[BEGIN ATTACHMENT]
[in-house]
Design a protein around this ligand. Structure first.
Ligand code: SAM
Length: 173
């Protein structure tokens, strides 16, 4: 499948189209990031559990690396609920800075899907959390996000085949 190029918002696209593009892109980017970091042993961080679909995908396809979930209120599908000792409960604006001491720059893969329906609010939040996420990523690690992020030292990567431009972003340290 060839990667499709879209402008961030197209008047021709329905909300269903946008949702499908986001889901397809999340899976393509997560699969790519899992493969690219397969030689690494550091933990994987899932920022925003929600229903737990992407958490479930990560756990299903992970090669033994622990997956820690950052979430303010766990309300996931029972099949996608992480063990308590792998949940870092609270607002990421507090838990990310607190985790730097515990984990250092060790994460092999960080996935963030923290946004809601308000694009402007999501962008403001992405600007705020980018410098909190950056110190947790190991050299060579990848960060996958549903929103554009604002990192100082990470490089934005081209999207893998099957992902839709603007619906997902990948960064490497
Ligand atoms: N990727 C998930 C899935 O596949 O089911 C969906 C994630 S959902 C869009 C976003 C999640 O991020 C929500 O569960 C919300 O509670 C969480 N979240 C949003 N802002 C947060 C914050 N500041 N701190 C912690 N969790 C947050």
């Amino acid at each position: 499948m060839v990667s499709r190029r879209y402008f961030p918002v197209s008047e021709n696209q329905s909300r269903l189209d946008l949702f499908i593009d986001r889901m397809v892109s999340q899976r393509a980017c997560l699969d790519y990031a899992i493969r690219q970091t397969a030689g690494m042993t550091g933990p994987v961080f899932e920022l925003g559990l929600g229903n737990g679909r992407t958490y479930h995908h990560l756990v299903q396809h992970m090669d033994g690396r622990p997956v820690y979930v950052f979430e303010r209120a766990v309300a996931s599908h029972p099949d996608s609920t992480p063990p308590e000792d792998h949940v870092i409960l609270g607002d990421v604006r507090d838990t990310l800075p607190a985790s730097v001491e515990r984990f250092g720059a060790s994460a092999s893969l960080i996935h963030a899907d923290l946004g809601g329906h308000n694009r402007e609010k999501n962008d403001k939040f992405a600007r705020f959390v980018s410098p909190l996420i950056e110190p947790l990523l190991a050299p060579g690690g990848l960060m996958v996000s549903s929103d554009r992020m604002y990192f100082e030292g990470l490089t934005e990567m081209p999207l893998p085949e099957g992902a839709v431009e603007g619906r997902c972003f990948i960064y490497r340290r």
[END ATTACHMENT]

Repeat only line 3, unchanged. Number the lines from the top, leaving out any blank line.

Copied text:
Ligand code: SAM